Did it snow in Singapore during the first few days of 2021?

By January 5, 2021 Environment

To say that the first few days of 2021 were rainy is an understatement.

On 31 December, the Meteorological Service Singapore (MSS) said that moderate thundery showers and windy conditions were expected in the first two weeks of 2021, but this did not prepare any of us for temperatures dropping to a low of 21.1 degrees celsius on 2 January and continuous rain and thundery showers islandwide. National water agency PUB reported that as of noon on Saturday (2 January), the highest total amount of rainfall recorded at Changi since Friday (1 January) was 318.6mm, which is more than the equivalent of the average monthly rainfall for January (238.3mm). The incessant heavy rain also resulted in a small-scale landslide at Outram, slope erosion along the TPE, and warnings of potential flash floods around Singapore.

Let it…snow?

While the chillier than average weather is probably the closest to winter that Singaporeans can get, videos of apparent snow in Singapore were seen being circulated on Facebook and WhatsApp:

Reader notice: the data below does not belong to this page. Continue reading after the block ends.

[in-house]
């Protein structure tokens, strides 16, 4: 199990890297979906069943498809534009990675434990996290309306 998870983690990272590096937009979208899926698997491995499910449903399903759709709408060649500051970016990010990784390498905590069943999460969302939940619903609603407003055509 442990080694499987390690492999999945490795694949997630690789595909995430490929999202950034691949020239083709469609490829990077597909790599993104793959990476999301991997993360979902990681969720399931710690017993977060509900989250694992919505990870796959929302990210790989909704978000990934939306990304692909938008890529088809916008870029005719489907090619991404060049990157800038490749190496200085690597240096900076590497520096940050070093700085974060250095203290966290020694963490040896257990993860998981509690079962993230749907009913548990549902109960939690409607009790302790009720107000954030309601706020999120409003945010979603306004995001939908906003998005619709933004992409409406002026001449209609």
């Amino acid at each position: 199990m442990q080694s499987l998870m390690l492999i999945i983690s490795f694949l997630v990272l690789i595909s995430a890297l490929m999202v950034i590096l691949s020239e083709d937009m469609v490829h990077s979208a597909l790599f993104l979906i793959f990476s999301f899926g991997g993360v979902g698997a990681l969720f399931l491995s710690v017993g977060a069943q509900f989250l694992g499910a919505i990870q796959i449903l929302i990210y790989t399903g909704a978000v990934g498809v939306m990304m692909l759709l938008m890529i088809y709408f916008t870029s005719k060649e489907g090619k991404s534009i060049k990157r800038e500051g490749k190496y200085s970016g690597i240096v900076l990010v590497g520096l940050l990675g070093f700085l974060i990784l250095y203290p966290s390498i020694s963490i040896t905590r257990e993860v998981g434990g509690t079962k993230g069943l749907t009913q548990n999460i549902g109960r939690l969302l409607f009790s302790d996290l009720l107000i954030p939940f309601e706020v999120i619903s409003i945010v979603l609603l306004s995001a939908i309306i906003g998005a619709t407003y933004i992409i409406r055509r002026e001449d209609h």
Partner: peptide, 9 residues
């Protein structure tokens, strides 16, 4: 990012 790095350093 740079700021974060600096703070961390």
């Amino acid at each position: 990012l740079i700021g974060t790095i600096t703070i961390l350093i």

Below are the videos in full:

There have been no reports whatsoever regarding snowfall in Singapore, but did these videos somehow manage to capture something the media missed?

Not the first time claims of snow in Singapore have been made

Rewinding back to August 2020, we actually did a similar factcheck in which a Facebook user claimed that it was snowing in Bishan:

While netizens questioned the legitimacy of the video, the author of the post stood by his claim. However, one comment in particular stood out:

When we zoomed into the bottom right hand corner of the video, we noted that the individual holding the white umbrella seemed to be walking at an unnaturally slow pace. We also saw an individual near the white lorry moving very slowly. Below is a short clip of the video to illustrate the point:

When we did our own experiment and took a video of heavier rainfall in slow-motion, we see how larger raindrops could pass off as ‘snow’ when a video is recorded in slow-motion.

Going back to the more recent videos of ‘snow’ in Singapore, we notice how both also seem to be recorded in slow-motion. Below are short extracts of the videos to illustrate the point:

Therefore, the claim that it was snowing in Singapore is false.

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